IT Manager David Parkhurst told commissioners the PON technology would use a lot of the same infrastructure as the existing network, but would mean lower maintenance and operation costs, faster upload and download speeds, better cyber security, and longer lifespan, since PON technology is now the industry standard and focus of research and development.

A small pilot program launched in August placed PON-based network-access boxes at 20 Grant PUD customer locations. Parkhurst said all customers have been satisfied with the service.

Across the Grant PUD fiber network, customers’ need for more network capacity for streaming, internet access and communications doubles every two-to-three years, Parkhurst said. Grant PUD’s existing Active-E technology has not been upgraded to handle those speeds. Private-sector competitors in other areas are already offering faster speeds, he said.

Fiber officials expect to complete the buildout of the Grant PUD fiber network by November 2024. They’ve already begun upgrading the core   network components that would also work with the PON technology and focusing on an aggressive, ongoing plan for network maintenance and improvements for more reliability and resiliency.

Currently, 73% of customers who have access to Grant PUD fiber, actually take the service. The goal for 2024 is to up that number to 80%.

They haven’t yet determined the cost to upgrade to PON technology for all 30,000 users, Parkhurst said.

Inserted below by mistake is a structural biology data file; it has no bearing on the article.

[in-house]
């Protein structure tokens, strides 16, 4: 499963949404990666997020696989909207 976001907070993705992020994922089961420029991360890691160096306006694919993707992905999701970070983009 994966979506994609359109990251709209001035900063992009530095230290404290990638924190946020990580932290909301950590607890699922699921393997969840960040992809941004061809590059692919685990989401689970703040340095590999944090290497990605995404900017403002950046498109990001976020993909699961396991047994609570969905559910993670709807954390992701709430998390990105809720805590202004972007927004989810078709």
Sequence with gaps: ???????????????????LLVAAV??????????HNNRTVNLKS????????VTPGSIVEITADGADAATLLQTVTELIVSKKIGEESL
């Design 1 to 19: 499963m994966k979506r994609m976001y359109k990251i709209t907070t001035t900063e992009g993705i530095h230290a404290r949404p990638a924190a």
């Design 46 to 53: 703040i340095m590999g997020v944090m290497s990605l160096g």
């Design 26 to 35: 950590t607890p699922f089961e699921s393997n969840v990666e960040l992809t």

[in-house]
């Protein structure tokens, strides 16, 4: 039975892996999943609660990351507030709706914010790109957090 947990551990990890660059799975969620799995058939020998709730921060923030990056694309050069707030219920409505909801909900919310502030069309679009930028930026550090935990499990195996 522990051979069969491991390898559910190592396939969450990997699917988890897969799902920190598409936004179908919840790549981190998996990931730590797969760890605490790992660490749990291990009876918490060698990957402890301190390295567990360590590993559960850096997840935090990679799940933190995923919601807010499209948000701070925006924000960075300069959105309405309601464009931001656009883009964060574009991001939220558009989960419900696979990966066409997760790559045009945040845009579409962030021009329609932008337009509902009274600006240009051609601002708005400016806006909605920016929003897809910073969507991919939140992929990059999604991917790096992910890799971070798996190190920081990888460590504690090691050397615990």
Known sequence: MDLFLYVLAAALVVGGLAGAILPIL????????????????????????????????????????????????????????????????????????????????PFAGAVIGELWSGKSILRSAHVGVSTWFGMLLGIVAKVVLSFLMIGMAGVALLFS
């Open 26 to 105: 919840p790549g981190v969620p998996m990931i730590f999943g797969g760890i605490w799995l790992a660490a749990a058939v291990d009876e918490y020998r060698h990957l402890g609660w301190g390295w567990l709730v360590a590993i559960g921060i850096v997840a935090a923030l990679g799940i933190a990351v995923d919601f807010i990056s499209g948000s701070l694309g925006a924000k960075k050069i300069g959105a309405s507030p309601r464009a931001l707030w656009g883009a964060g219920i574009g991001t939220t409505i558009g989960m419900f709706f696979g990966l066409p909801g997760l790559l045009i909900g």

Pointing to the upgrade’s advantages laid out by staff, Commissioner Larry Schaapman encouraged Parkhurst to get them a cost “sooner, rather than later.”

See the full PON presentation on pages 21-46 of the presentation materials. Here the discussion at 1:09:08 on the commission audio. See the Telecom & Fiber Services update on pages 1-20 of the presentation materials. Hear the discussion at 33:59 on the commission audio.

Visitors give PUD’s recreation sites high marks

Visitors to Grant PUD’s recreation sites along the Columbia River said they most enjoy the quality of the facilities, the easy access to the water and beaches and parking, plus the overall scenic beauty of the area.

These responses were given during a survey of recreation site visitors in 2023 conducted by Grant PUD staff at several of Grant PUD’s 19 recreation sites. The overall satisfaction level where expectations of the visitors were met or exceeded was at 97.5%. In 2018, that level was at 98.2% and in 2021 at 94.2%.